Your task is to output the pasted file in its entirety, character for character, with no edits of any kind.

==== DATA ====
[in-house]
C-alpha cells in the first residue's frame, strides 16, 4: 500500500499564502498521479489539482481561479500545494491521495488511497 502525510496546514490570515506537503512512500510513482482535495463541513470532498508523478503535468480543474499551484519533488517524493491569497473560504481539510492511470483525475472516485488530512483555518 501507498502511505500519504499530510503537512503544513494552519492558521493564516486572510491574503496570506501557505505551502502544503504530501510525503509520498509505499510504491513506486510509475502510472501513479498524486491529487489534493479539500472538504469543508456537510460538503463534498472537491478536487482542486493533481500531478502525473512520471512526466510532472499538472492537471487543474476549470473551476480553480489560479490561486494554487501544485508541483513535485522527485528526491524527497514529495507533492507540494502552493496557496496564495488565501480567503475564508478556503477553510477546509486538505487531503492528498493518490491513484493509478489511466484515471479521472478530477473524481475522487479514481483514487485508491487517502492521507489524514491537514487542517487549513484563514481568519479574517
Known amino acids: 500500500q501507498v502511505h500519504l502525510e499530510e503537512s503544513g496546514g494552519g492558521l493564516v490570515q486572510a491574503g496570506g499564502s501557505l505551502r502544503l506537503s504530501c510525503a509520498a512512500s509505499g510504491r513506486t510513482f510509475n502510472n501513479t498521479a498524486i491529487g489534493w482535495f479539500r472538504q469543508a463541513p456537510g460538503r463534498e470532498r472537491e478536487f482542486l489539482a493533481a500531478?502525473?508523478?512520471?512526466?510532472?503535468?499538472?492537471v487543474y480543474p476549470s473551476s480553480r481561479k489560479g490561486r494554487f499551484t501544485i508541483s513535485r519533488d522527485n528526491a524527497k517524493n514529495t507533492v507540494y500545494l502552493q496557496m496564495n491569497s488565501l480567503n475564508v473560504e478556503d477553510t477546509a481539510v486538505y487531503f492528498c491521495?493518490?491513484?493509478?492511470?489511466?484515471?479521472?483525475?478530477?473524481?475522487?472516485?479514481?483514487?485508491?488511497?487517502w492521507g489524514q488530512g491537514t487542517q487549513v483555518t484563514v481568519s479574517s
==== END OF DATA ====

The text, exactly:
[in-house]
C-alpha cells in the first residue's frame, strides 16, 4: 500500500499564502498521479489539482481561479500545494491521495488511497 502525510496546514490570515506537503512512500510513482482535495463541513470532498508523478503535468480543474499551484519533488517524493491569497473560504481539510492511470483525475472516485488530512483555518 501507498502511505500519504499530510503537512503544513494552519492558521493564516486572510491574503496570506501557505505551502502544503504530501510525503509520498509505499510504491513506486510509475502510472501513479498524486491529487489534493479539500472538504469543508456537510460538503463534498472537491478536487482542486493533481500531478502525473512520471512526466510532472499538472492537471487543474476549470473551476480553480489560479490561486494554487501544485508541483513535485522527485528526491524527497514529495507533492507540494502552493496557496496564495488565501480567503475564508478556503477553510477546509486538505487531503492528498493518490491513484493509478489511466484515471479521472478530477473524481475522487479514481483514487485508491487517502492521507489524514491537514487542517487549513484563514481568519479574517
Known amino acids: 500500500q501507498v502511505h500519504l502525510e499530510e503537512s503544513g496546514g494552519g492558521l493564516v490570515q486572510a491574503g496570506g499564502s501557505l505551502r502544503l506537503s504530501c510525503a509520498a512512500s509505499g510504491r513506486t510513482f510509475n502510472n501513479t498521479a498524486i491529487g489534493w482535495f479539500r472538504q469543508a463541513p456537510g460538503r463534498e470532498r472537491e478536487f482542486l489539482a493533481a500531478?502525473?508523478?512520471?512526466?510532472?503535468?499538472?492537471v487543474y480543474p476549470s473551476s480553480r481561479k489560479g490561486r494554487f499551484t501544485i508541483s513535485r519533488d522527485n528526491a524527497k517524493n514529495t507533492v507540494y500545494l502552493q496557496m496564495n491569497s488565501l480567503n475564508v473560504e478556503d477553510t477546509a481539510v486538505y487531503f492528498c491521495?493518490?491513484?493509478?492511470?489511466?484515471?479521472?483525475?478530477?473524481?475522487?472516485?479514481?483514487?485508491?488511497?487517502w492521507g489524514q488530512g491537514t487542517q487549513v483555518t484563514v481568519s479574517s